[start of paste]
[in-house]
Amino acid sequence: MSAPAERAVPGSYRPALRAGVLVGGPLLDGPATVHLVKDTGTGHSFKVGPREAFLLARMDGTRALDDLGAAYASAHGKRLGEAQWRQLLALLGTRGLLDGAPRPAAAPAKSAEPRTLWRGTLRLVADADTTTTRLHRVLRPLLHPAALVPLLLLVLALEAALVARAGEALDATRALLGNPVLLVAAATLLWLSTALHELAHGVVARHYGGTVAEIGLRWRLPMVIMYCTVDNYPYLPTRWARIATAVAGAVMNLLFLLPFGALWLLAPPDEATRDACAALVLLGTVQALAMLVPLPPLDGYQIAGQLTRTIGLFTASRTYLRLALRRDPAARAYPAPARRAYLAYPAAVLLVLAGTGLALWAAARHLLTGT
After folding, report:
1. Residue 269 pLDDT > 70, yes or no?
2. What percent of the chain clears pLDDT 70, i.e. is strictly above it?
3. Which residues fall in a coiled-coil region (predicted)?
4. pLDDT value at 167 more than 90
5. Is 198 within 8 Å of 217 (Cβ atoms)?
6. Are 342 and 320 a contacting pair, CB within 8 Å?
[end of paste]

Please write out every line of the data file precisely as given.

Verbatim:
[in-house]
Amino acid sequence: MSAPAERAVPGSYRPALRAGVLVGGPLLDGPATVHLVKDTGTGHSFKVGPREAFLLARMDGTRALDDLGAAYASAHGKRLGEAQWRQLLALLGTRGLLDGAPRPAAAPAKSAEPRTLWRGTLRLVADADTTTTRLHRVLRPLLHPAALVPLLLLVLALEAALVARAGEALDATRALLGNPVLLVAAATLLWLSTALHELAHGVVARHYGGTVAEIGLRWRLPMVIMYCTVDNYPYLPTRWARIATAVAGAVMNLLFLLPFGALWLLAPPDEATRDACAALVLLGTVQALAMLVPLPPLDGYQIAGQLTRTIGLFTASRTYLRLALRRDPAARAYPAPARRAYLAYPAAVLLVLAGTGLALWAAARHLLTGT
After folding, report:
1. Residue 269 pLDDT > 70, yes or no?
2. What percent of the chain clears pLDDT 70, i.e. is strictly above it?
3. Which residues fall in a coiled-coil region (predicted)?
4. pLDDT value at 167 more than 90
5. Is 198 within 8 Å of 217 (Cβ atoms)?
6. Are 342 and 320 a contacting pair, CB within 8 Å?